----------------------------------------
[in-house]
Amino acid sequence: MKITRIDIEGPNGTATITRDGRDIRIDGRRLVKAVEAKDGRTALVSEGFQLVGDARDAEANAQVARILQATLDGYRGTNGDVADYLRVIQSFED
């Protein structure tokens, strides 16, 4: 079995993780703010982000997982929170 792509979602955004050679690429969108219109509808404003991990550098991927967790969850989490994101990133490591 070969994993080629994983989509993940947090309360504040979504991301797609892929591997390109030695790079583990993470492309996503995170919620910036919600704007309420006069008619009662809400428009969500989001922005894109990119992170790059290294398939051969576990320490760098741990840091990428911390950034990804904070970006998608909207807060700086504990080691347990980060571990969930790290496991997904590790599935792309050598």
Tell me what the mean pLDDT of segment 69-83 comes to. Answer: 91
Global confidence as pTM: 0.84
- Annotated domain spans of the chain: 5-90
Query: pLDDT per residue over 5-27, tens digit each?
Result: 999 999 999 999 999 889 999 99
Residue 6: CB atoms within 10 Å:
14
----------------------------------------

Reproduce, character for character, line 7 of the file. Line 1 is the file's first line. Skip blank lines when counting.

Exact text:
Query: pLDDT per residue over 5-27, tens digit each?